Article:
The Game of Investing
Financial markets are a game. To win, you need to understand the game you’re playing.
The famous economist John Maynard Keynes explained this in the 1930s by likening the stock market to a beauty contest. In this contest, the objective is not to pick the prettiest face, or even pick “what the average opinion genuinely thinks is the prettiest”. Instead, the aim is to “devote our intelligences to anticipating what the average opinion expects the average opinion to be”.
This was his way of saying that the game of investing is not about picking the “best” stock — it’s about picking what other people predict others will pick. A subtle, but crucial distinction.
People Don’t Buy Stocks, They Buy Stories
Prices move when stories change and become more or less believable. Stories become more believable when facts change. You can observe this cycle with Tesla.
Elon Musk is currently the richest man on earth because ‘The Market’ has bought into the story of Tesla and the promise of an electric car future. Speculators bet on others coming to believe this story. They bet right.
Thus, the game of investing is as much about anticipating what story the market will believe as it is about the facts underlying these stories. The smartest investors anticipate how this story will shift based on new information (see Figure 1).
Keynes also famously said: “When the facts change, I change my mind.”
But perhaps he meant: “When the facts change, I change my mind about other people’s minds…”.
The investment game is therefore “outward looking” in that we must seek out new facts and explanatory stories about the world, but also “inward looking” in that we must anticipate how others in the market will respond to these changes.
Smart investors watch both (a) the world and (b) other investors, very closely. And they have a firm grasp of history.
Introducing: The Meme
There is nothing groundbreaking here. Anyone who actively trades or invests intuitively understands these market dynamics. But what happens if you take away the ‘facts’ — stripping out any reference to fundamentals at all?
What if you created assets that have zero cash generating potential whatsoever?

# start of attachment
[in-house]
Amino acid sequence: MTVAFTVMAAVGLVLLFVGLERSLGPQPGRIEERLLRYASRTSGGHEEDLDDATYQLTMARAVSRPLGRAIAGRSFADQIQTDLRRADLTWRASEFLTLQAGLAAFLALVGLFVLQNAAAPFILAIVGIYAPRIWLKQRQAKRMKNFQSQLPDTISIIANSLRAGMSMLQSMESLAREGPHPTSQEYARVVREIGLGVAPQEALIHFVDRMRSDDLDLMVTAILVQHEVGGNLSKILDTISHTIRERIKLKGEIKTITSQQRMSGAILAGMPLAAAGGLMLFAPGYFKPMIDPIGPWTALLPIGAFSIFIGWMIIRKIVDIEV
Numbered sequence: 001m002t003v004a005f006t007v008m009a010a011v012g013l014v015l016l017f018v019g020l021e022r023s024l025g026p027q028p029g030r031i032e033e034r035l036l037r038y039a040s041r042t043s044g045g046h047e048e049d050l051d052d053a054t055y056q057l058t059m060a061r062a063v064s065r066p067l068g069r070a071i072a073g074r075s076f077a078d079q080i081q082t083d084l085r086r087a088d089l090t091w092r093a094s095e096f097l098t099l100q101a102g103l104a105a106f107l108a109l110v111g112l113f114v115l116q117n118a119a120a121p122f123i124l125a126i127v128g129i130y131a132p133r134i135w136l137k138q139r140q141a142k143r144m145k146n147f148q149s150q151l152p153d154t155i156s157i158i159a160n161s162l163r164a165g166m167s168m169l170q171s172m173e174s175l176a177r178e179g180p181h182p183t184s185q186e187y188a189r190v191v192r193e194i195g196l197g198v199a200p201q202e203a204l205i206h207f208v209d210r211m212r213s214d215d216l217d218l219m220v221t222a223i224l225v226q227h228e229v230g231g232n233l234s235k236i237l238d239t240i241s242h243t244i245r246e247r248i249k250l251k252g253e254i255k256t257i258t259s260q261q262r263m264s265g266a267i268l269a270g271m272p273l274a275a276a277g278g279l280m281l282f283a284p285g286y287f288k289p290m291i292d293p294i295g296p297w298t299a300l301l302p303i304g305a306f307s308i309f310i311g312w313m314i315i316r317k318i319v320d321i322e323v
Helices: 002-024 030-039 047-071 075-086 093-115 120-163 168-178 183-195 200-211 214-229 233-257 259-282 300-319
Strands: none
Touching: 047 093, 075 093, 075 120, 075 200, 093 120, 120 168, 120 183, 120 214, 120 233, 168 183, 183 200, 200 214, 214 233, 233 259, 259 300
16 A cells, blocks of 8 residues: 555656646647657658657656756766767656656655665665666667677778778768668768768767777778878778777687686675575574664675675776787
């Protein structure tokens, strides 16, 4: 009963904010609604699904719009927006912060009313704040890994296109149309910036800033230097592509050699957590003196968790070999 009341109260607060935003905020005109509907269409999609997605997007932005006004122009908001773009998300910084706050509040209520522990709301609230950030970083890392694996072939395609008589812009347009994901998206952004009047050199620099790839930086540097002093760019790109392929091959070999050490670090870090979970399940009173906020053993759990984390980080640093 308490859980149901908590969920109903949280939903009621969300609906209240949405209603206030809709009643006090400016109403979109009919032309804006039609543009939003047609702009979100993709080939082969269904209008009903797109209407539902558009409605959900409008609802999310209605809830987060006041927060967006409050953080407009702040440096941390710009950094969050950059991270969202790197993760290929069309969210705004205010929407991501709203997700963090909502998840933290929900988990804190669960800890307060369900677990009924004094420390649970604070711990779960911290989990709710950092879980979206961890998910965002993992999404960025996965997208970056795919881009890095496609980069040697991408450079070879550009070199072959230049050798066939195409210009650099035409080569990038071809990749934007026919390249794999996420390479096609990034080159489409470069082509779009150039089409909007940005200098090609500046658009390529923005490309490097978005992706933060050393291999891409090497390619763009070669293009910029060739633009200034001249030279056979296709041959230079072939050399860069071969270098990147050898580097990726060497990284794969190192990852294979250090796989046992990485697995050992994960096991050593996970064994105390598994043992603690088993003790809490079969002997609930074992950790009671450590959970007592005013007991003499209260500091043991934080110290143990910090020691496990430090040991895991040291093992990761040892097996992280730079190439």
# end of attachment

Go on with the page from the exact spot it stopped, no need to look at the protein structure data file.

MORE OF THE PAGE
Well, then you have a game that is purely “inward facing”.
There is no external story to drive behavioural expectations because there is nothing fundamental to base the story on. The players have stopped looking outwards towards the external world and instead just look inwardly at each other.
The void created by the lack of a tangible story gets filled with a “meme”. Thus, the game changes from anticipating what story the market will come to believe, to anticipating what meme the market will rally around. Once this happens, it doesn’t really matter what the meme is: it could be a Shiba Inu dog, a cat, a joke, or the number 42.
Meme speculating is a different, but related, financial game to traditional investing. It’s not gambling because it’s not based on chance, and it’s not investing because it’s not based on anything fundamental — there are no expectations of future cash flow.
Meme speculating is its own, new “thing” and it’s a different beast to what seasoned investors and traders have seen before.
Many will argue meme coins are nothing new, as they are just ponzi schemes. This is misplaced. Ponzis are based on asymmetric information. Bernie Madoff tricked investors into believing the profits from his ponzi were due to savvy investments. This is not the case with meme coins. Here everybody knows there is no fundamental value! It’s not a ponzi if everybody knows it’s a ponzi.
Wolf in Shib’s Clothing
Another misconception is that meme coins are simply absurd and therefore should be written off. I would urge you not to doubt the significance of a meme coin just because it happens to be based on a cute dog.
Yes, it’s centered on a joke, but this joke is worth more than the total market capitalization of Barclays or Credit Suisse! If investment banks and traditional investors are not already developing a thesis around this, they should be — if only for the implications for traditional markets (see AMC and Gamestop).
Many of these declarations about meme coins miss some nuances.
Firstly, meme coins don’t create or destroy value; so they can’t be a ‘waste of money’ — because they don’t consume any scarce resources. Meme coins simply move capital around based on whoever wins the game. Like gambling.
Secondly, the total value of a meme coin is not how much the market thinks the meme is ‘worth’ — it’s just a measurement of the amount of capital at risk in this game. Sports games are not ‘worth anything’, but billions of dollars are tied up in sports betting markets. (Again, gambling.)
Thirdly, the definition of a market bubble is when the price of an asset is driven up, way in excess of the asset’s intrinsic value. In the case of meme coins, there is no intrinsic value so there is nothing to deviate from. It’s a perfect paradox.
What are memecoins? Financial market ‘games’ that take the form of ‘transparent ponzis’ or ‘pure bubbles’ in the classical sense.
Should you buy memecoins? Before allocating any of your hard earned money to anything, ask: What’s your goal? What are you trying to get from this?
If you are looking to experience the community aspect or thrill of owning cryptocurrency, by all means, knock yourself out!
If you are speculating, do so in the same spirit as you might approach a casino bet or a giant game of poker: with the full expectations that you might lose everything.
The only difference? You’re at the table with thousands of other people, there are no cards, and the value of your chips will fluctuate wildly for many years to come.